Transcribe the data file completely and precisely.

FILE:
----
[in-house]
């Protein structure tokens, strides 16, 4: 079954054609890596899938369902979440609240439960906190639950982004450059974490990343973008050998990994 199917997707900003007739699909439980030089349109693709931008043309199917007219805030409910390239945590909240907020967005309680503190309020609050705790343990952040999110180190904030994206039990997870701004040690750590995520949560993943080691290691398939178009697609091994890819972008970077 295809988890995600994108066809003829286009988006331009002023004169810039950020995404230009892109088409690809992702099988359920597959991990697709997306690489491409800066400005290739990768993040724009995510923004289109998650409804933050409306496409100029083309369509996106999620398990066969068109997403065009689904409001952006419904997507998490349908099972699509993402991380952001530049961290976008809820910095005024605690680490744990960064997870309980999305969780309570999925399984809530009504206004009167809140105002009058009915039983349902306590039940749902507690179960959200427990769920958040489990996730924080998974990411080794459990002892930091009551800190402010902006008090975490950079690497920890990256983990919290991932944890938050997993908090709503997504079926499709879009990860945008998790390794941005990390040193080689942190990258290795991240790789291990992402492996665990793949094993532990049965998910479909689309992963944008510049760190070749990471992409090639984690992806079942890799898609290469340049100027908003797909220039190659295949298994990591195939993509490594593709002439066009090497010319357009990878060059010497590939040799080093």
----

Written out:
[in-house]
């Protein structure tokens, strides 16, 4: 079954054609890596899938369902979440609240439960906190639950982004450059974490990343973008050998990994 199917997707900003007739699909439980030089349109693709931008043309199917007219805030409910390239945590909240907020967005309680503190309020609050705790343990952040999110180190904030994206039990997870701004040690750590995520949560993943080691290691398939178009697609091994890819972008970077 295809988890995600994108066809003829286009988006331009002023004169810039950020995404230009892109088409690809992702099988359920597959991990697709997306690489491409800066400005290739990768993040724009995510923004289109998650409804933050409306496409100029083309369509996106999620398990066969068109997403065009689904409001952006419904997507998490349908099972699509993402991380952001530049961290976008809820910095005024605690680490744990960064997870309980999305969780309570999925399984809530009504206004009167809140105002009058009915039983349902306590039940749902507690179960959200427990769920958040489990996730924080998974990411080794459990002892930091009551800190402010902006008090975490950079690497920890990256983990919290991932944890938050997993908090709503997504079926499709879009990860945008998790390794941005990390040193080689942190990258290795991240790789291990992402492996665990793949094993532990049965998910479909689309992963944008510049760190070749990471992409090639984690992806079942890799898609290469340049100027908003797909220039190659295949298994990591195939993509490594593709002439066009090497010319357009990878060059010497590939040799080093």